Updated: 23 minutes ago
Trump signs $700 billion military budget into law

Trump signs $700 billion military budget into law

WASHINGTON ó President Donald Trump on Tuesday signed into law a sweeping defense policy bill that authorizes a $700 billion budget for the military, including additional spending on missile defense programs to counter North Koreaís growing nuclear w...
Updated: 1 hour ago
Donald Trump Jr. demands inquiry of House Intelligence Committee leak

Donald Trump Jr. demands inquiry of House Intelligence Committee leak

WASHINGTON ó Donald Trump Jr., the presidentís eldest son, has asked the House Intelligence Committee to open an investigation into leaked information related to his closed interview with the committee last week."To maintain the credibility of the in...
Updated: 1 hour ago
Original Watergate lock that burglars picked open is going to auction

Original Watergate lock that burglars picked open is going to auction

WASHINGTON -ó Itís the lock that launched a two-year investigation and took down a president. And now more than four decades later ó and for a starting bid of $50,000 ó it can be a really wonky conversation piece.Nate D. Sanders Auctions will auction...
Updated: 9 hours ago
Democrats say Trumpís tweets about Gillibrand sexist, unsavory

Democrats say Trumpís tweets about Gillibrand sexist, unsavory

WASHINGTON ó Plowing into the sexual harassment debate in a big way, President Donald Trump laced into Sen. Kirsten Gillibrand on Tuesday, tweeting that the New York Democrat would come to his office "begging" for campaign contributions and "do anyth...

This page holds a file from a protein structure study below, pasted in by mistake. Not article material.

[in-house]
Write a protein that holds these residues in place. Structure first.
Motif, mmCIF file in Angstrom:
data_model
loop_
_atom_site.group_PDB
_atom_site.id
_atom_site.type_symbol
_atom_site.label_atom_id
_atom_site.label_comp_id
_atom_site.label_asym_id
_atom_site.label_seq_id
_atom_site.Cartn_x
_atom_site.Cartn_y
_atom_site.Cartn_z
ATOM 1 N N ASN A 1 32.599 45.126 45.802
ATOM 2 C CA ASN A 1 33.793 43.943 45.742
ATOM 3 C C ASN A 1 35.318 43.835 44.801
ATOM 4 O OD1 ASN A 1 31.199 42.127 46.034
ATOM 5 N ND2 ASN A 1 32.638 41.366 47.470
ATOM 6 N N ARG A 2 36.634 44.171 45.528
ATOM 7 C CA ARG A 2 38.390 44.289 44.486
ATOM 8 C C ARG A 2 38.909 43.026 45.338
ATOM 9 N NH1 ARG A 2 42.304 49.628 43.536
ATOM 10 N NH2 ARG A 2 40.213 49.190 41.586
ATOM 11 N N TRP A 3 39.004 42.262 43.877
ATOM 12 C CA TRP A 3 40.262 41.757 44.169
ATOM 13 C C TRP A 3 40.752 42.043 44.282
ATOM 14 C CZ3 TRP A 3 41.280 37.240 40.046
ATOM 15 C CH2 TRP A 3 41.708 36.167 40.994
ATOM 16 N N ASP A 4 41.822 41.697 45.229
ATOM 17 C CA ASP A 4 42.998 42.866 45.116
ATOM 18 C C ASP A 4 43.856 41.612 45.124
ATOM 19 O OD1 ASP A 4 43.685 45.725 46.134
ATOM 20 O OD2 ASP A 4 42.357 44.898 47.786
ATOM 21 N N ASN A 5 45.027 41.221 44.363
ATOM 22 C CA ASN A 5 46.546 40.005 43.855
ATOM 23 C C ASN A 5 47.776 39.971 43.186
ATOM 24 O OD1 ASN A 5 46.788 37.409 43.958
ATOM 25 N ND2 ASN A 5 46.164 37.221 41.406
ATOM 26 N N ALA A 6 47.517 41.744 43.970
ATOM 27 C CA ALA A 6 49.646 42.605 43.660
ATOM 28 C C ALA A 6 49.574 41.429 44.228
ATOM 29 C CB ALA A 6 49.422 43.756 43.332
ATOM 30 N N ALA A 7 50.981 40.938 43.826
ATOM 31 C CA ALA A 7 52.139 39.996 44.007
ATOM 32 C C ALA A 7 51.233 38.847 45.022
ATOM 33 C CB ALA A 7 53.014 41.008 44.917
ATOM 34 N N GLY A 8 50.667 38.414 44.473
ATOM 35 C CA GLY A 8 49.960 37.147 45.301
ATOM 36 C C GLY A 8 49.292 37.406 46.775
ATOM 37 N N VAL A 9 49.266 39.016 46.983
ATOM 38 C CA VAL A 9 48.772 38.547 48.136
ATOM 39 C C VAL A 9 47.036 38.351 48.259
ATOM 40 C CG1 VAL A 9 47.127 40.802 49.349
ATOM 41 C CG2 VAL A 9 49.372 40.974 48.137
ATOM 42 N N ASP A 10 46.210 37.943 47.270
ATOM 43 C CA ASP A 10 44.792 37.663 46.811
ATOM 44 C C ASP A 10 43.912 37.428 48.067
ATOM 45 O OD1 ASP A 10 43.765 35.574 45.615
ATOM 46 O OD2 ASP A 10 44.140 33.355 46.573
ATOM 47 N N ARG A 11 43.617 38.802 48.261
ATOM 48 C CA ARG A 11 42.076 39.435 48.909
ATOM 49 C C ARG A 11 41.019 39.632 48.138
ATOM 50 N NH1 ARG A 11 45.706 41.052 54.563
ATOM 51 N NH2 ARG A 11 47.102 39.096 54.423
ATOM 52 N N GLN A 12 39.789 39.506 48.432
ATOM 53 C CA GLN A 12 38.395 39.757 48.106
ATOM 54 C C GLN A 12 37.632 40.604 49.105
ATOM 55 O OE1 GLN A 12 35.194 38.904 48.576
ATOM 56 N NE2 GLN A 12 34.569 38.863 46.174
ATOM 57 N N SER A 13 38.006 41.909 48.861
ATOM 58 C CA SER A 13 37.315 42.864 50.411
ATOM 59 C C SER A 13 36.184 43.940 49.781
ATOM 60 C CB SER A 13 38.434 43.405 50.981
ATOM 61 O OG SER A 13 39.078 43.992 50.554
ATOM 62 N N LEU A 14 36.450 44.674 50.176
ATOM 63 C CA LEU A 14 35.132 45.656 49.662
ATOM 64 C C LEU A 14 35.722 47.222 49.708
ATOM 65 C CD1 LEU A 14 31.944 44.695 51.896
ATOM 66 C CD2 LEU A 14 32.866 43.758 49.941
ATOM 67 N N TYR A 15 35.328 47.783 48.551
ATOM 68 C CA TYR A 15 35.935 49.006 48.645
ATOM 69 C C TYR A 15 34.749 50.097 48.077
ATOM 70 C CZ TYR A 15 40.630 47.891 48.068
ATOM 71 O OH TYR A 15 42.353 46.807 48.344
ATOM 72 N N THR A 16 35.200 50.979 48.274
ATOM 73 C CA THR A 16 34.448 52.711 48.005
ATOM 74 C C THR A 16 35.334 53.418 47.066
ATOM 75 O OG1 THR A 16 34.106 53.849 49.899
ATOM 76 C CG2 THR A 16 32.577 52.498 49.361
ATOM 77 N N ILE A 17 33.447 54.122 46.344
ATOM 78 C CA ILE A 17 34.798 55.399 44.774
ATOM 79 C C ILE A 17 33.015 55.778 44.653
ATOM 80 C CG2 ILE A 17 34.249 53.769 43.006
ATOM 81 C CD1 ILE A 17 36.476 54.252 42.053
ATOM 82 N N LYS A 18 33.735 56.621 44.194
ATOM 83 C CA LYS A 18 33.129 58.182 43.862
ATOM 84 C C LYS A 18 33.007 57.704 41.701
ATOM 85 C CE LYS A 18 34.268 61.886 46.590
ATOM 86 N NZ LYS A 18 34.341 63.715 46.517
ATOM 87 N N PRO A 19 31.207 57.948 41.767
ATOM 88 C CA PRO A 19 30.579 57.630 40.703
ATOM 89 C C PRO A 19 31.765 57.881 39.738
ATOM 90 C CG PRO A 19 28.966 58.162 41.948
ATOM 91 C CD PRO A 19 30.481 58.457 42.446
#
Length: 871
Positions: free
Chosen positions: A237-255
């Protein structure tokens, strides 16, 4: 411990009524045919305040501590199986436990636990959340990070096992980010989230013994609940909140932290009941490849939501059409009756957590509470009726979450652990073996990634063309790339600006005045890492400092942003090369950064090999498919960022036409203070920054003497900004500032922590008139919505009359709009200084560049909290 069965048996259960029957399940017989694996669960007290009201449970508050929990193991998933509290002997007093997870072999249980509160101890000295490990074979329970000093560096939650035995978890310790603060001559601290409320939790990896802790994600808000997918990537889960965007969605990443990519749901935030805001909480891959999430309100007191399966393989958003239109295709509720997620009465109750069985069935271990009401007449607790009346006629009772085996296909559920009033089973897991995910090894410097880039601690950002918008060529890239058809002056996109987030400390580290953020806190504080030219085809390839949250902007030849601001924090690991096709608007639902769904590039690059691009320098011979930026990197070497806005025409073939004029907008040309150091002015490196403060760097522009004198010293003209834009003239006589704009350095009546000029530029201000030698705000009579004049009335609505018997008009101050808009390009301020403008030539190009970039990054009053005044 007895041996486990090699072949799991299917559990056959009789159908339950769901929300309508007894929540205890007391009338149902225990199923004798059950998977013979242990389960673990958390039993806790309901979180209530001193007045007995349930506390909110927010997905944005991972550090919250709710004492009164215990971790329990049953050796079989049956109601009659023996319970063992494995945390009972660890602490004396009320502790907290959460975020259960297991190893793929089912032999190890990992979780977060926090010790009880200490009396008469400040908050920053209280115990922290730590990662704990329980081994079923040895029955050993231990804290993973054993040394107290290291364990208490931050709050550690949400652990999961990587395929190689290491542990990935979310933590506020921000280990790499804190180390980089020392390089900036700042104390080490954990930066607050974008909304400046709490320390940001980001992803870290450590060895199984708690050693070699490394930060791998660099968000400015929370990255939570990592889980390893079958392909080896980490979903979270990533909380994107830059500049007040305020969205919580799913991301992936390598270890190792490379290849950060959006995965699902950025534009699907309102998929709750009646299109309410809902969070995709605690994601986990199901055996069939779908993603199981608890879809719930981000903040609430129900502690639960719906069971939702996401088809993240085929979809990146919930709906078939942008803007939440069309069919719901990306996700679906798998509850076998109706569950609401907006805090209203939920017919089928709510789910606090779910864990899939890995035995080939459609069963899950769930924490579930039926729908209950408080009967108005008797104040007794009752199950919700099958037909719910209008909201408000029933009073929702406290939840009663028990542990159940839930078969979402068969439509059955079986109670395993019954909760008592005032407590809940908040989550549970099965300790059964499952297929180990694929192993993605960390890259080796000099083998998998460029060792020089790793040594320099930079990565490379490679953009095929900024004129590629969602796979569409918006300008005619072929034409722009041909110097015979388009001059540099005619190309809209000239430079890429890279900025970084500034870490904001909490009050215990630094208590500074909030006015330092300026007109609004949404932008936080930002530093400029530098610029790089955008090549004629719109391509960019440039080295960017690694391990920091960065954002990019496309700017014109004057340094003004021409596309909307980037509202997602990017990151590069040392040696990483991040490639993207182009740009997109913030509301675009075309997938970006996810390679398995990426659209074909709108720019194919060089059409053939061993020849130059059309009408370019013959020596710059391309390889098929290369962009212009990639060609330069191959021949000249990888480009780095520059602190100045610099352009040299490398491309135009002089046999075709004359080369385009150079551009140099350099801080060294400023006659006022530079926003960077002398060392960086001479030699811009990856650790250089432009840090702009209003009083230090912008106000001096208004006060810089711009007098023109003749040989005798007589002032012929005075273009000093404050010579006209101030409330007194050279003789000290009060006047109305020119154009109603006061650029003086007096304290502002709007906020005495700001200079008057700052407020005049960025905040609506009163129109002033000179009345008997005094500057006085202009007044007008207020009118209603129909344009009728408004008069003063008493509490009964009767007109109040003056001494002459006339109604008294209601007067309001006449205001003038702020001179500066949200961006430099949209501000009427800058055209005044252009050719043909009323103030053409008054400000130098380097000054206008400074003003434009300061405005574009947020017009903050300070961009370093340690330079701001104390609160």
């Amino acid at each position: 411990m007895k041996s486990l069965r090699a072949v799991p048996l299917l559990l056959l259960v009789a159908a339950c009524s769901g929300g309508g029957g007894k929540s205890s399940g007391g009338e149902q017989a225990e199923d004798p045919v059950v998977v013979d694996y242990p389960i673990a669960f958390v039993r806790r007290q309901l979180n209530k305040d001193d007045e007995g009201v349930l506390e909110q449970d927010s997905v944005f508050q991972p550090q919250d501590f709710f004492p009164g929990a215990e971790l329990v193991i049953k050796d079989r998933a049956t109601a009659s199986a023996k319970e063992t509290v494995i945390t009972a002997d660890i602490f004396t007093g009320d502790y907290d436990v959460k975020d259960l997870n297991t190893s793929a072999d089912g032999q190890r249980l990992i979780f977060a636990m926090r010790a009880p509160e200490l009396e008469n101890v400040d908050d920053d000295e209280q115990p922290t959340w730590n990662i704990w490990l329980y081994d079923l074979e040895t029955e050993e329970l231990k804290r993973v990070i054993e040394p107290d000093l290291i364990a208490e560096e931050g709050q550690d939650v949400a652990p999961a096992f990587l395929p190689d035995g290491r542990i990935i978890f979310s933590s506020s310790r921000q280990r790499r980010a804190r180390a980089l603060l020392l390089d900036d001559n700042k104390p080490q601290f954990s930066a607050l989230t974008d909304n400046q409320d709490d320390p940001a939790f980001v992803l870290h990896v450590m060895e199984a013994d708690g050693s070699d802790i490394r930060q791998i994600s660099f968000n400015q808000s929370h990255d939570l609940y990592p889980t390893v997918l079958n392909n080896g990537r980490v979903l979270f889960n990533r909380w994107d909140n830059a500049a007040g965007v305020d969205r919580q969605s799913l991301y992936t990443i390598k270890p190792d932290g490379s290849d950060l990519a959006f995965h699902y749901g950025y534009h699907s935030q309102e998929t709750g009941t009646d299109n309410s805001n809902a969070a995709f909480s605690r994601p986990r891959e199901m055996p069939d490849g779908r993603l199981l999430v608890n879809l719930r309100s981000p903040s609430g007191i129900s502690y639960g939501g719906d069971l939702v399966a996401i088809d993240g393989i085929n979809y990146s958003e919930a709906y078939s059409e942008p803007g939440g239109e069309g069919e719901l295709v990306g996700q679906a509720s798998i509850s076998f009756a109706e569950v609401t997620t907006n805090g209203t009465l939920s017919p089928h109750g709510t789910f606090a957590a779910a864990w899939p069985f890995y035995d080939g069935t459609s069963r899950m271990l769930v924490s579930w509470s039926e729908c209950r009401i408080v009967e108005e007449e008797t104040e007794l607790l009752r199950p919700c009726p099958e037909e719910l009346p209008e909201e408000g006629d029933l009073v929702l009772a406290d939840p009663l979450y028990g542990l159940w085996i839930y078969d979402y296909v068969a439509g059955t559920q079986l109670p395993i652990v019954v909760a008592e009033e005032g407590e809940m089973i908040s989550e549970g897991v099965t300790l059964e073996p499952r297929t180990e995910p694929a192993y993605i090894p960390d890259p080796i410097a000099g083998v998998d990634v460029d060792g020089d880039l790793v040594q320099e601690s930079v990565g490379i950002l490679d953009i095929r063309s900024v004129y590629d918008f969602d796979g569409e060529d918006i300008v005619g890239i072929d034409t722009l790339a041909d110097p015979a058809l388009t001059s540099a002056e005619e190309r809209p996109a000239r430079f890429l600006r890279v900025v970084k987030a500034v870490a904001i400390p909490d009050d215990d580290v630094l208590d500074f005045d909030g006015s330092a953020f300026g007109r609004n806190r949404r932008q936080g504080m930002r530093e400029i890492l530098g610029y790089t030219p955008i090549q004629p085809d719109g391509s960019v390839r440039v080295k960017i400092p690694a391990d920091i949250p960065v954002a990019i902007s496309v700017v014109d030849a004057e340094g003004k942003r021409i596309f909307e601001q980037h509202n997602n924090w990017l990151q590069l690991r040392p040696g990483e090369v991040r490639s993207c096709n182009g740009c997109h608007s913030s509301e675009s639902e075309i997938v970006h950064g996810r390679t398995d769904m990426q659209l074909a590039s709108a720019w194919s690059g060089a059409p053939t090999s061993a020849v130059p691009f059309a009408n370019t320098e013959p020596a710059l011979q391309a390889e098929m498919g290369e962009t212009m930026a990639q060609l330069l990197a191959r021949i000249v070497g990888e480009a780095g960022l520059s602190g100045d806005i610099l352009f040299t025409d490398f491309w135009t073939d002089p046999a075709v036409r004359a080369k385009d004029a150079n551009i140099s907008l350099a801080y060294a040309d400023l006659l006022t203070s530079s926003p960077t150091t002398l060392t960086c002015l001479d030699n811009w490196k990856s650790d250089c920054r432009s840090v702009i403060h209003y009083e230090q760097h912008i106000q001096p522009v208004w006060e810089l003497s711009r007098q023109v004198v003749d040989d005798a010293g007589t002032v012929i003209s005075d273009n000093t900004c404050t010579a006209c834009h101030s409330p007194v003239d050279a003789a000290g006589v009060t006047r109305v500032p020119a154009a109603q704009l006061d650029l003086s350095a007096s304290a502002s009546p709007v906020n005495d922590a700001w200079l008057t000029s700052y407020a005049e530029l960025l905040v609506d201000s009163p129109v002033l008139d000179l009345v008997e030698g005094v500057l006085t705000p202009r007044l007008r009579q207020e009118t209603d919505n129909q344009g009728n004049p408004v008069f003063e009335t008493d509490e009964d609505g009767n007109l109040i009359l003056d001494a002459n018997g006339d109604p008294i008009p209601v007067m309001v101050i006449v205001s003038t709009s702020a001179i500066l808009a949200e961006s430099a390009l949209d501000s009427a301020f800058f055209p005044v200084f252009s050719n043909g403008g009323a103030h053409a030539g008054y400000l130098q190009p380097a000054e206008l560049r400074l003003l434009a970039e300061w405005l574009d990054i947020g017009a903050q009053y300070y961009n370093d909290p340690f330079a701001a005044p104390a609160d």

Updated: 9 hours ago
Obama, Biden and Trump make late pushes in Alabama Senate race

Obama, Biden and Trump make late pushes in Alabama Senate race

BIRMINGHAM, Ala. ó National political leaders, a Hollywood actress and a retired basketball star made last-ditch efforts to woo voters in the Alabama Senate race Monday, as the candidates gave their final arguments in a pivotal special election that ...
Published: 12/12/17
PolitiFact: Looking back at the Trump teamís falsehoods of 2017

PolitiFact: Looking back at the Trump teamís falsehoods of 2017

President Donald Trump made many inaccurate statements in 2017. His White House team seems to be following in his footsteps when defending him. Some of Trumpís staffers have made the argument that it is valid to use inaccurate facts to bolster larger...
Published: 12/11/17
Updated: 12/12/17
PolitiFact: Notable misstatements about Donald Trump from 2017

PolitiFact: Notable misstatements about Donald Trump from 2017

President Donald Trump’s words can be at odds with reality, a fact we’ve documented again and again during his first year in office. His claim that the Trump-Russia investigation is a "made-up story" earned Trump our 2017 Lie of the Year....
Published: 12/11/17
Updated: 12/12/17
Tampa Hillsborough Expressway Authority plays beat the clock on GOP tax bill

Tampa Hillsborough Expressway Authority plays beat the clock on GOP tax bill

TAMPA ó With the Republican tax bill poised to eliminate the opportunity, the Tampa Hillsborough Expressway Authority on Monday said it had refinanced a big chunk of its debt to save money in the future.The authority borrowed $152 million from the bo...
Published: 12/11/17
Alabama Senate race, unlikely nail biter, races to finish line

Alabama Senate race, unlikely nail biter, races to finish line

BIRMINGHAM, Ala. ó In a blur of television ads, conflicting polls and presidential tweets, Doug Jones and Roy Moore raced Monday to make their final pleas in Alabamaís special election for the Senate, with both candidates focused on turning out their...
Published: 12/11/17